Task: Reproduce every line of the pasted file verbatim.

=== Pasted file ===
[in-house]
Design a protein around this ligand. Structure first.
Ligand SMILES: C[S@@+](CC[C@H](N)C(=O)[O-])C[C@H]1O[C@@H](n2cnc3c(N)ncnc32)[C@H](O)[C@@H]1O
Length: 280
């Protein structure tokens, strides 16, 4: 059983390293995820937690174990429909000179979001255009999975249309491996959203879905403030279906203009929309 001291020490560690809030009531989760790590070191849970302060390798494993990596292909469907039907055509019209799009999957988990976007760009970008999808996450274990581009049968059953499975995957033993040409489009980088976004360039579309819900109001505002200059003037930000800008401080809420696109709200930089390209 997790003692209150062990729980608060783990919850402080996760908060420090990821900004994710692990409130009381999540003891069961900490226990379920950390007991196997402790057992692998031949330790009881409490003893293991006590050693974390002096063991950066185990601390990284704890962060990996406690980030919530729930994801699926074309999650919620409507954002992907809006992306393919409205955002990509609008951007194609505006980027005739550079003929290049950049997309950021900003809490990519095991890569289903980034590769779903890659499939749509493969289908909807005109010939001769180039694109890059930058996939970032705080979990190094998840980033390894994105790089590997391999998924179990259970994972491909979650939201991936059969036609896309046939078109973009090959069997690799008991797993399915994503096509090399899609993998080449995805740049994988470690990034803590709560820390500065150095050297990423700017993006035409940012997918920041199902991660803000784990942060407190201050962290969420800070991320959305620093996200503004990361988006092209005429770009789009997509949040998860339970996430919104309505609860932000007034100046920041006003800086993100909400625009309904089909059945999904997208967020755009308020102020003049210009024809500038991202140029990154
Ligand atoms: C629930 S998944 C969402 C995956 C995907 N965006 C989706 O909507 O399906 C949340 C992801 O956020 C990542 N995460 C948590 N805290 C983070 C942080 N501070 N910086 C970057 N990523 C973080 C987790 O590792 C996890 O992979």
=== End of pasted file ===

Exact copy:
[in-house]
Design a protein around this ligand. Structure first.
Ligand SMILES: C[S@@+](CC[C@H](N)C(=O)[O-])C[C@H]1O[C@@H](n2cnc3c(N)ncnc32)[C@H](O)[C@@H]1O
Length: 280
């Protein structure tokens, strides 16, 4: 059983390293995820937690174990429909000179979001255009999975249309491996959203879905403030279906203009929309 001291020490560690809030009531989760790590070191849970302060390798494993990596292909469907039907055509019209799009999957988990976007760009970008999808996450274990581009049968059953499975995957033993040409489009980088976004360039579309819900109001505002200059003037930000800008401080809420696109709200930089390209 997790003692209150062990729980608060783990919850402080996760908060420090990821900004994710692990409130009381999540003891069961900490226990379920950390007991196997402790057992692998031949330790009881409490003893293991006590050693974390002096063991950066185990601390990284704890962060990996406690980030919530729930994801699926074309999650919620409507954002992907809006992306393919409205955002990509609008951007194609505006980027005739550079003929290049950049997309950021900003809490990519095991890569289903980034590769779903890659499939749509493969289908909807005109010939001769180039694109890059930058996939970032705080979990190094998840980033390894994105790089590997391999998924179990259970994972491909979650939201991936059969036609896309046939078109973009090959069997690799008991797993399915994503096509090399899609993998080449995805740049994988470690990034803590709560820390500065150095050297990423700017993006035409940012997918920041199902991660803000784990942060407190201050962290969420800070991320959305620093996200503004990361988006092209005429770009789009997509949040998860339970996430919104309505609860932000007034100046920041006003800086993100909400625009309904089909059945999904997208967020755009308020102020003049210009024809500038991202140029990154
Ligand atoms: C629930 S998944 C969402 C995956 C995907 N965006 C989706 O909507 O399906 C949340 C992801 O956020 C990542 N995460 C948590 N805290 C983070 C942080 N501070 N910086 C970057 N990523 C973080 C987790 O590792 C996890 O992979």